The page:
July 15, 2017

Hypermobility is a common symptom that presents itself in our clinic. In many cases the patient may not be overly aware of it whilst some people will know it to be a good “party trick” that might come out every Christmas or at the staff party!

Joint hypermobility essentially means that a patient has some joints that have an unusually large range of movement. Joints are held together by a joint capsule and ligaments made of connective tissue. Connective tissue is stiff but pliable which is important to allow just enough movement in the ligaments and joint while still holding the joint surfaces firmly together. For those suffering with hypermobility the connective tissue has a little more give then usual resulting in the joint surfaces displaying more movement than considered normal.

Many people with hypermobility experience no problems and in some sporting scenarios it is beneficial. Particularly swimming with Michael Phelps and Adam Peaty both having a degree of hypermobility.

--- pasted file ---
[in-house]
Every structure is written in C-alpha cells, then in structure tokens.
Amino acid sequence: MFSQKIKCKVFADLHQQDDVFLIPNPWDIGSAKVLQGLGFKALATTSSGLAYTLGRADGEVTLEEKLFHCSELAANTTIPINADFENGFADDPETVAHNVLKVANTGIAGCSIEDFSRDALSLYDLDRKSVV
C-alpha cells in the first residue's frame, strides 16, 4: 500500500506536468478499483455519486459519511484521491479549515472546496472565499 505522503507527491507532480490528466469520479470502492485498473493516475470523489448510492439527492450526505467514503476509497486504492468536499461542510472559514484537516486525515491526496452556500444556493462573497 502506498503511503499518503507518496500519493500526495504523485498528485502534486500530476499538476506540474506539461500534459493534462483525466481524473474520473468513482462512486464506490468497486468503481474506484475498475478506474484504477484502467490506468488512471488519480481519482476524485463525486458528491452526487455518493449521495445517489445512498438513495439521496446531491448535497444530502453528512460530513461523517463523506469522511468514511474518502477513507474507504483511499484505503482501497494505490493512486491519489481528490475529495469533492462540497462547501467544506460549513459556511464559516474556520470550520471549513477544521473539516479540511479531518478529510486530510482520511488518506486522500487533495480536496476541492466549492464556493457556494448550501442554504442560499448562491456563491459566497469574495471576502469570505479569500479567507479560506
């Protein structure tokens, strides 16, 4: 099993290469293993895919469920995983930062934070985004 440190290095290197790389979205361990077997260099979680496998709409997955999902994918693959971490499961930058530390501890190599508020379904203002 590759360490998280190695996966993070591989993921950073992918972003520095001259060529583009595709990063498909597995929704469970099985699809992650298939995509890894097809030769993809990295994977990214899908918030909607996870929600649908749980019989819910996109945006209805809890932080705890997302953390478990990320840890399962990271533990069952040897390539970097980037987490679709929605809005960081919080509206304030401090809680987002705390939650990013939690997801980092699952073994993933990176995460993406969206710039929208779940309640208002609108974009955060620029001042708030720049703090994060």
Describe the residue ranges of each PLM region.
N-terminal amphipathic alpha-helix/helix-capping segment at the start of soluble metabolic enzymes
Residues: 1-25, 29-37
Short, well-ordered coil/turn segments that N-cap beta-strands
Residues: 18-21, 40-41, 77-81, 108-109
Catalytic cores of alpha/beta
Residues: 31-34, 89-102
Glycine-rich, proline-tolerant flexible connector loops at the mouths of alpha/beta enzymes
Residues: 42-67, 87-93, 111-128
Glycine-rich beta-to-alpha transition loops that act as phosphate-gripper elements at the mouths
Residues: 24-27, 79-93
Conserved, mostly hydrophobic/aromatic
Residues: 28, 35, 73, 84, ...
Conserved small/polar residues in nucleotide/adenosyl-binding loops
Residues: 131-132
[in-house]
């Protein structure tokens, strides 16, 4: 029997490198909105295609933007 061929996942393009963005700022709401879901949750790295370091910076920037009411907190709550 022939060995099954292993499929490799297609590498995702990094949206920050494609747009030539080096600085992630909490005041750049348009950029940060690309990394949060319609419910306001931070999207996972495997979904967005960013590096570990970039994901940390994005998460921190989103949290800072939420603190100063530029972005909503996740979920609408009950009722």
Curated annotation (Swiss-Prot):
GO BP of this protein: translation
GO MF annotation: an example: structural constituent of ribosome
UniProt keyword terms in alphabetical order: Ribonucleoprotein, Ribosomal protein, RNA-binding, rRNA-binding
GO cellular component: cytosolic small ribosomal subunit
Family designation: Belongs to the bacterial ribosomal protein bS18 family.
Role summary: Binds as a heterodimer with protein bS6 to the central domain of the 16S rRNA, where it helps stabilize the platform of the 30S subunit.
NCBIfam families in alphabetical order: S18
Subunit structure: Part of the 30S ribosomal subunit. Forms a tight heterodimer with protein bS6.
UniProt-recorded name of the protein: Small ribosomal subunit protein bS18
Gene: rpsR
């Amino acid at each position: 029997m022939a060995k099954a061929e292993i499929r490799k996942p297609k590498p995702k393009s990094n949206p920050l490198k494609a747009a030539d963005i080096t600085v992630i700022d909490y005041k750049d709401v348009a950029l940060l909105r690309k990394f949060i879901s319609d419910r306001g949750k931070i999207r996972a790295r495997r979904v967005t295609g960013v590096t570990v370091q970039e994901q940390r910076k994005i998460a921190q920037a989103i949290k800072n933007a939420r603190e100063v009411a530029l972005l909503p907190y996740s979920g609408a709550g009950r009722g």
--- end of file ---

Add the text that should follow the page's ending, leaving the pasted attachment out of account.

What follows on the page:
For Those that are hypermobile and in pain it can be more problematic. Patients will often display an array of different symptoms including; pain and stiffness in the joints and muscles, clicking joints, joints that come out of the correct position easily and recurrent sprain injuries. Fortunately, hypermobility is easily diagnosed through a detailed history and examination. One test used to aid in diagnosis is called the Beighton Score which uses a simple nine-point system, where the higher the score the higher the laxity. In adults, a range a score of 4 points or more can indicate joint hypermobility.

Once correctly diagnosed treatment focuses on increasing muscle strength to support the lax joints, this will involve predominantly strength training. If you think you may be suffering from hypermobility and would like any help or advise our chiropractors would be happy to assist.